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  About Bandhavgarh
 
 

The erstwhile hunting ground of the Rewa State, Bandhavgarh was declared a national park in 1968, due to the efforts made by Maharaja Martand Singh of Rewa. In the beginning, the total area of Bandhavgarh was 105 sq km comprising today’s Tala Zone. There were several villages inside Bandhavgarh in those days like Gopalpur and Bathhan. Gradually things improved and today Bandhavgarh Tiger Reserve is spread over 1395 sq km including core and buffer areas.

The name Bandhavgarh means the Fort of the Brothers. Legends say that Bandhavgarh was gifted By Lord Rama to his younger brother Laxman. Today, the predominantly Sal and Bamboo forest spread for miles around Bandhavgarh Fort, is the haven of the legendry king of Indian Jungles, the Tiger. With increased area, removal of the villages, proper waterhole and grassland management and intense patrolling, the population of the tigers in Bandhavgarh has increased remarkably. Today the Bandhavgarh Tiger Reserve has become the best place in the world to see the tiger in the wild.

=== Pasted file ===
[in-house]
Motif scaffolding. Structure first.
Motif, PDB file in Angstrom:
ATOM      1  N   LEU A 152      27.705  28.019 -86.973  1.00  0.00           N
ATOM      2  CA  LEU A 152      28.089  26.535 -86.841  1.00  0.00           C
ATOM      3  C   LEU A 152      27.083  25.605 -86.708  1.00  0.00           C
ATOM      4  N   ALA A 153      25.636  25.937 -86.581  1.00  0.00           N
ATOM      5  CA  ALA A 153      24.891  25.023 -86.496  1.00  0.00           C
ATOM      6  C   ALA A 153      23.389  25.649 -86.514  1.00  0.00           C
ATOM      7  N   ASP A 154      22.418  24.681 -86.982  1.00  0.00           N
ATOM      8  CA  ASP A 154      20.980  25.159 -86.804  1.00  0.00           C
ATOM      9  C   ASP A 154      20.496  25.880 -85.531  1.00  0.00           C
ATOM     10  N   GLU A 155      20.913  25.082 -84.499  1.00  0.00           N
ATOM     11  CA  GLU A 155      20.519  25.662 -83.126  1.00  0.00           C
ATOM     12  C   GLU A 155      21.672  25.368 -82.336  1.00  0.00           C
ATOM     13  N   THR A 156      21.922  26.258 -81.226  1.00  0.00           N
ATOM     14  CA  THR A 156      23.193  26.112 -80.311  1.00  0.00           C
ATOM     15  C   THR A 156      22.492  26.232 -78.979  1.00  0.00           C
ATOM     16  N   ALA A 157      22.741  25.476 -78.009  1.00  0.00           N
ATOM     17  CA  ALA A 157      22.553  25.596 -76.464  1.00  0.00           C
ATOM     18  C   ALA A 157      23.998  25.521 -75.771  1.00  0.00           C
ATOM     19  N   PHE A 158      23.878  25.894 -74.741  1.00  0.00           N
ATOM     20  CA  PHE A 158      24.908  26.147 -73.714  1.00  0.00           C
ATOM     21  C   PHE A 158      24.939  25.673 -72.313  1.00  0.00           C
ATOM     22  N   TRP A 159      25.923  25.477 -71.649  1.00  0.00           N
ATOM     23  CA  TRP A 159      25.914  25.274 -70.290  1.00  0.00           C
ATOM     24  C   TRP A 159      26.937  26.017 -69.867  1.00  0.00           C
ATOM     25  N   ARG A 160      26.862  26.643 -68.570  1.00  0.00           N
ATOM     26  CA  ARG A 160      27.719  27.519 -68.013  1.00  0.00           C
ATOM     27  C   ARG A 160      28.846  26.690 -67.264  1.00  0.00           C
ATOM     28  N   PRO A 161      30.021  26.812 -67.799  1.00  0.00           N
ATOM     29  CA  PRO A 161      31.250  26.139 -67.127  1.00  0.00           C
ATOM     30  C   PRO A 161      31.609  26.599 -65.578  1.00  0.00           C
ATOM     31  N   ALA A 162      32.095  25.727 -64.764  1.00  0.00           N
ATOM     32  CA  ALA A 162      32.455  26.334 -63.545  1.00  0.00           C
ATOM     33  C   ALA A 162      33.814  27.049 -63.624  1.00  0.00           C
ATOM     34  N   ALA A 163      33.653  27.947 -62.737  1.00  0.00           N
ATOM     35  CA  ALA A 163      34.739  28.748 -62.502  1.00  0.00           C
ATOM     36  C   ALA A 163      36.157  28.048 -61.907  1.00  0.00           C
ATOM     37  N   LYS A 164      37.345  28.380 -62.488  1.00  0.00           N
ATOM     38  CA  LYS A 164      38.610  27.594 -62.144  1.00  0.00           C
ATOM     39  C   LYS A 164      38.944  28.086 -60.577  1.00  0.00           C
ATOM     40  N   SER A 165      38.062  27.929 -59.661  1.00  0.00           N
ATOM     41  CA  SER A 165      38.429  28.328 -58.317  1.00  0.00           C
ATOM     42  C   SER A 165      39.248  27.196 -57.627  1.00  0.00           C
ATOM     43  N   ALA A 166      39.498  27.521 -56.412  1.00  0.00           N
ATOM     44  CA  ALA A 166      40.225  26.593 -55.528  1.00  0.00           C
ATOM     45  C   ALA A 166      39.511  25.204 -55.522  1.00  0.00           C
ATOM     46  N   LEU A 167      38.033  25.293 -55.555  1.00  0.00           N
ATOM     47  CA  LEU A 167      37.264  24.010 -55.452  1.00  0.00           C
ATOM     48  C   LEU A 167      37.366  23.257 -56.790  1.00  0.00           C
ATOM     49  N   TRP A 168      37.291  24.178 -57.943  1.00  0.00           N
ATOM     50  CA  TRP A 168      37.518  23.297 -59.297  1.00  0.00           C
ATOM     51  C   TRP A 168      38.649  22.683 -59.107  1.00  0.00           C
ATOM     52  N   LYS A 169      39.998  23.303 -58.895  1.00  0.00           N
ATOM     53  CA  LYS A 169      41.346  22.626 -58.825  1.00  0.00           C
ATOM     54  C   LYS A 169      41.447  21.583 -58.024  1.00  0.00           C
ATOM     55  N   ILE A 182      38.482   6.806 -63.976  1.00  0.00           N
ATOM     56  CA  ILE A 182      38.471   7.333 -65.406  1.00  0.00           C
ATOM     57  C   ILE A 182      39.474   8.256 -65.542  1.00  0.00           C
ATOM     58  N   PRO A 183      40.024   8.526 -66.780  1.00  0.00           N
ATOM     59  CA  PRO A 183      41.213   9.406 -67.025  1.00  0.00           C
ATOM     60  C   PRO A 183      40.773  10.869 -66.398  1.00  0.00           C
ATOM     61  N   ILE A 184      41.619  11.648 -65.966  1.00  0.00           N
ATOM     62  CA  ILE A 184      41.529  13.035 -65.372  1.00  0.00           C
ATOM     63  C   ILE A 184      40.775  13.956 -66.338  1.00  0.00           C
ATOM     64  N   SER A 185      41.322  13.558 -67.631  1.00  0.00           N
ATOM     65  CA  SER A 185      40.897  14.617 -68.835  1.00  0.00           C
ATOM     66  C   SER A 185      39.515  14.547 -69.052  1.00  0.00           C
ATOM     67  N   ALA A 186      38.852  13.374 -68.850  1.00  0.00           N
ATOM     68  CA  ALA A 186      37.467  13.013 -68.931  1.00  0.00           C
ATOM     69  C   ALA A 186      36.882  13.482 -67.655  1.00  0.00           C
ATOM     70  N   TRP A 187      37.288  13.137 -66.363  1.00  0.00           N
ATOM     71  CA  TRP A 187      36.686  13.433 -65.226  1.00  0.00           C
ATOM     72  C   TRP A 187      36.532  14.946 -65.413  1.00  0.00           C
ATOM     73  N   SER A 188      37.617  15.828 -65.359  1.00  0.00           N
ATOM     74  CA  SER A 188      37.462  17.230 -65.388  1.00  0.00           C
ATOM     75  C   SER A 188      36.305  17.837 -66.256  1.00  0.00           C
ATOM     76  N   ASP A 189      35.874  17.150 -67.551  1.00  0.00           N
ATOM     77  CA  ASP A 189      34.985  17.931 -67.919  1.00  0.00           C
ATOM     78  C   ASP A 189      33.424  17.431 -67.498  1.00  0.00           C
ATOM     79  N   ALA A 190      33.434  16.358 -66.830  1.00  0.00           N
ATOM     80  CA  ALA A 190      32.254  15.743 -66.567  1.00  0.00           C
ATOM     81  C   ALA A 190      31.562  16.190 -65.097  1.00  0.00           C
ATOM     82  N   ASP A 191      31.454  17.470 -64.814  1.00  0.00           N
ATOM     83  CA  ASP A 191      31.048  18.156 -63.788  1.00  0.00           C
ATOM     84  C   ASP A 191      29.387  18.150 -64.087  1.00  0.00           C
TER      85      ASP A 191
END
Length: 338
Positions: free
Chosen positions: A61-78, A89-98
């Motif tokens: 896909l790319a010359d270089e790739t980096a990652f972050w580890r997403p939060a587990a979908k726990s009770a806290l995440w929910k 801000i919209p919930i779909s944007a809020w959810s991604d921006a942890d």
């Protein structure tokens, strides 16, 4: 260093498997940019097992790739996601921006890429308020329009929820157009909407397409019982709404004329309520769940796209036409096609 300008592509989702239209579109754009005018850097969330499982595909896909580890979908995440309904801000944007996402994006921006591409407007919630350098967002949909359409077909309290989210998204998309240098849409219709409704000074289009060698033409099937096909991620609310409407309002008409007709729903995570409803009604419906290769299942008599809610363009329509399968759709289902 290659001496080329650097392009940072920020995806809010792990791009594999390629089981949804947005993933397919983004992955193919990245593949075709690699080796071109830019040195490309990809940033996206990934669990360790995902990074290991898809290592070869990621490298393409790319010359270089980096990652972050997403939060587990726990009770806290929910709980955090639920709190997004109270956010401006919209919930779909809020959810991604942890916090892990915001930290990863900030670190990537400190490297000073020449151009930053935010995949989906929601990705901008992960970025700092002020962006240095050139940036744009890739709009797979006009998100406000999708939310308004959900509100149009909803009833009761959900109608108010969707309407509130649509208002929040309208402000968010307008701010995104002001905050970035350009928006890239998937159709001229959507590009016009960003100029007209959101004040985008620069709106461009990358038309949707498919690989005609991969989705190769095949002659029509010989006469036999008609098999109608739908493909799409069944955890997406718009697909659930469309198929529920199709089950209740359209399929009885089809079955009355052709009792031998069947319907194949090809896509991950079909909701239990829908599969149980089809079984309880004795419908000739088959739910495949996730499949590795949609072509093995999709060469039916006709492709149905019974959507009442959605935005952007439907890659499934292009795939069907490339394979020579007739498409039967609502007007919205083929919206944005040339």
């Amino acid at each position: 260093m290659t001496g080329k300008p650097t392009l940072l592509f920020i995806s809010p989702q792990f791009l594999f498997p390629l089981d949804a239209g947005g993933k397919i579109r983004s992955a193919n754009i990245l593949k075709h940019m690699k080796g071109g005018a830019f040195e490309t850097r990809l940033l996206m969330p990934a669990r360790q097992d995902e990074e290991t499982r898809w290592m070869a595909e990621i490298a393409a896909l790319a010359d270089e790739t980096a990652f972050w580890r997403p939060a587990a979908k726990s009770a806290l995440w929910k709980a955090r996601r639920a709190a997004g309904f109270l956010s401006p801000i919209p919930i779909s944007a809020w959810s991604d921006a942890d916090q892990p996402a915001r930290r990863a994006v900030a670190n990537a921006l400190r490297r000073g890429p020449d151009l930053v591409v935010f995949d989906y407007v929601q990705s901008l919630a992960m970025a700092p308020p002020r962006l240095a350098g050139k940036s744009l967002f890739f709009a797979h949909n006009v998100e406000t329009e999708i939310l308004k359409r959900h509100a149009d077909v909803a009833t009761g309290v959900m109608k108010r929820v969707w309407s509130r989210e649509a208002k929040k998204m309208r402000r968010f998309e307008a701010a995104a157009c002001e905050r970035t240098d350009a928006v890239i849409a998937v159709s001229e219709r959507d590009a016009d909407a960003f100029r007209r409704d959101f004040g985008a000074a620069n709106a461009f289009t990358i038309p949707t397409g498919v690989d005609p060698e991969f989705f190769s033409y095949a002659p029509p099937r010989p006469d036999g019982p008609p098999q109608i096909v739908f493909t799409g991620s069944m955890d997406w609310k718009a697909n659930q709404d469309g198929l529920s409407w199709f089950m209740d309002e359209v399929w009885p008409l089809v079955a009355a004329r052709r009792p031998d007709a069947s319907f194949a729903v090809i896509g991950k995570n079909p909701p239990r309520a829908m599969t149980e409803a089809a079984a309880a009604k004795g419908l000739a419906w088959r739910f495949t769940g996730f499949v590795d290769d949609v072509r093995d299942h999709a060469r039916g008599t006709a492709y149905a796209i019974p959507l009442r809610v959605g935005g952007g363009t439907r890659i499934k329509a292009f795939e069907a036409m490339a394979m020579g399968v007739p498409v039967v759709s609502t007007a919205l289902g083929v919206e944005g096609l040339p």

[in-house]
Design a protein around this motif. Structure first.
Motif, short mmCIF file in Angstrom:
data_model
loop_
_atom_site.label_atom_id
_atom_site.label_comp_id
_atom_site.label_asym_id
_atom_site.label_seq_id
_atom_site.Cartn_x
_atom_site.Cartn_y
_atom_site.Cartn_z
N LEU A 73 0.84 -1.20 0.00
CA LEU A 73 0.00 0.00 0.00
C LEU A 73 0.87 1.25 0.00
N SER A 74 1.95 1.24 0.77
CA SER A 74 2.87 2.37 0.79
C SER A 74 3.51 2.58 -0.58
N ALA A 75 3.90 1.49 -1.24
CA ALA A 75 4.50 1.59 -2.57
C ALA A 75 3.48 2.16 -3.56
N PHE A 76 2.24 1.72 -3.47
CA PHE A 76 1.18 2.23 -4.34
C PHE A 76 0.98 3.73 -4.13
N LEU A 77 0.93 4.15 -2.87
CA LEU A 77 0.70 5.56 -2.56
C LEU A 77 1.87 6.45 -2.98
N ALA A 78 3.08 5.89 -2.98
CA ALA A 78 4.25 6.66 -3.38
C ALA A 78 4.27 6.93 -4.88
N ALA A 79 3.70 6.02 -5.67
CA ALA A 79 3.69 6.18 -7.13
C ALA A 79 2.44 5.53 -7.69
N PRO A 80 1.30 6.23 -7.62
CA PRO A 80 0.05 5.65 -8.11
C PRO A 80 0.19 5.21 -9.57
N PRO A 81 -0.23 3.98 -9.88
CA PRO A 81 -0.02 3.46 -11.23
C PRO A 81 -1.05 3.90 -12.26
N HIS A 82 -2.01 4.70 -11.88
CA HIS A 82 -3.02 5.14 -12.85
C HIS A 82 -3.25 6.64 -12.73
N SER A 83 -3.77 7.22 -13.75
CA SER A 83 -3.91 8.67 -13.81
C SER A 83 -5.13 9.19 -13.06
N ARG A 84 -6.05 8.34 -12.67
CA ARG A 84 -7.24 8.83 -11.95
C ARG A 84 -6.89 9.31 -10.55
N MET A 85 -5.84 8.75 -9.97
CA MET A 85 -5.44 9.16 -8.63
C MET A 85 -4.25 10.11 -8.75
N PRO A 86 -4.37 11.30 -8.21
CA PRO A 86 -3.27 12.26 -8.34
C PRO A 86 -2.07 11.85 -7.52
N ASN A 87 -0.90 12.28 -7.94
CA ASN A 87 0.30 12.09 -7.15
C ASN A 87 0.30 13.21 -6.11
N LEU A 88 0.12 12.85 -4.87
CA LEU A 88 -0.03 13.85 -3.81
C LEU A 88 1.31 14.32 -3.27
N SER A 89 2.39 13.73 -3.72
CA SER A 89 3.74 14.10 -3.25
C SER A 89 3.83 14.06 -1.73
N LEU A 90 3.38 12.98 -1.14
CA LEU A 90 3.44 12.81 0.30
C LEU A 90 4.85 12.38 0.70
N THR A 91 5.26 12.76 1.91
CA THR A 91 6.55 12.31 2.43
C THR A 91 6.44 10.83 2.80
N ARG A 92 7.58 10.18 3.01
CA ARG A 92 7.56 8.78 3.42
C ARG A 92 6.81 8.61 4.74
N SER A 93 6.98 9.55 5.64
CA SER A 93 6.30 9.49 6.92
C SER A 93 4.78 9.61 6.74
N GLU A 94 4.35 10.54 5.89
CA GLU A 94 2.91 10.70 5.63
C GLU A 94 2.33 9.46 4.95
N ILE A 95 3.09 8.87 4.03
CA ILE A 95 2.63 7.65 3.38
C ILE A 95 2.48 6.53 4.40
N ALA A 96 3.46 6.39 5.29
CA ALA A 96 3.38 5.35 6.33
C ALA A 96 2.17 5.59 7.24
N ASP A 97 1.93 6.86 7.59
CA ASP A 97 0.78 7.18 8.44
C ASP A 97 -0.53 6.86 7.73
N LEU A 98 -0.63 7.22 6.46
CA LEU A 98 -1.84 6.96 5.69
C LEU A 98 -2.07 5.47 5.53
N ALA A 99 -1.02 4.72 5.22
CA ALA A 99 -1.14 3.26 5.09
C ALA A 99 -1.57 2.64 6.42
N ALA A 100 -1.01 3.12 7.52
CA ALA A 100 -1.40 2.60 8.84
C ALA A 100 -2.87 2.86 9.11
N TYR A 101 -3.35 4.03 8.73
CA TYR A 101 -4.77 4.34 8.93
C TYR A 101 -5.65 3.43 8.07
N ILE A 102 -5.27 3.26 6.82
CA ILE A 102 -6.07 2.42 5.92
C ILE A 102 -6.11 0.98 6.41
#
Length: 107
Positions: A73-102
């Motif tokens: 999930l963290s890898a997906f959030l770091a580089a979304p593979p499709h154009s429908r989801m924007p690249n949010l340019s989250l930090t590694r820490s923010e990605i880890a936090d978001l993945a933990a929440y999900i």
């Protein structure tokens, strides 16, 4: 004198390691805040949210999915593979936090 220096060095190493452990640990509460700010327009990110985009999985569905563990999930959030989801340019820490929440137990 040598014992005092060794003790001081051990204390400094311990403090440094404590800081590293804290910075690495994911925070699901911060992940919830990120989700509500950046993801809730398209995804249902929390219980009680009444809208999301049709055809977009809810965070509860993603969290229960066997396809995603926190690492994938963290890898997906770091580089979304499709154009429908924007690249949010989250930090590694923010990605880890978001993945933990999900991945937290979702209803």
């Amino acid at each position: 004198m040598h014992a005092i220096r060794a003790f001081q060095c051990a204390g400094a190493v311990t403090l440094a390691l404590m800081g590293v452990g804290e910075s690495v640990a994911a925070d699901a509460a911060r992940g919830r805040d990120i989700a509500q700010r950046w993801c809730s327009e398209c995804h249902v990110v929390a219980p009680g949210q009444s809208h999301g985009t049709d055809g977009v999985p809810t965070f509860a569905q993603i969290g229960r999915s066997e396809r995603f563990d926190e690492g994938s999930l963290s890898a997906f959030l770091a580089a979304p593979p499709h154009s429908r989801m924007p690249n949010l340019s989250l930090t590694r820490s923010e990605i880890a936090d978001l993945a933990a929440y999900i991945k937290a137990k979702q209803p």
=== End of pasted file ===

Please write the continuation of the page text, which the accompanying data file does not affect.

Among other mammals found in Bandhavgarh are Leopard, Jungle Cat, Wolf, Wild Dog, Jackal, Indian Fox, Sloth Bear, Sambhar, Spotted Deer, Barking Deer, Nilgai, Four Horned Antelope, Chinkara, Indian Gaur or Bison and several species of Bats.

With more than 275 species of birds, Bandhavgarh offers wonderful experience for birdwatchers. The Reserve also harbors some of the rarest species of reptiles and butterflies.
Although Bandhavgarh is predominantly a Sal and Bamboo forest, more than 100 species of trees, creepers, bushes and grasses are found in and around the Reserve. Some of the tree species found in Bandhavgarh are Mahua, Sejhi, Saja, Bahera, Achar, Tendu or Beedi Leaf Tree, Semal, Gurja, Pipal and Banyan Tree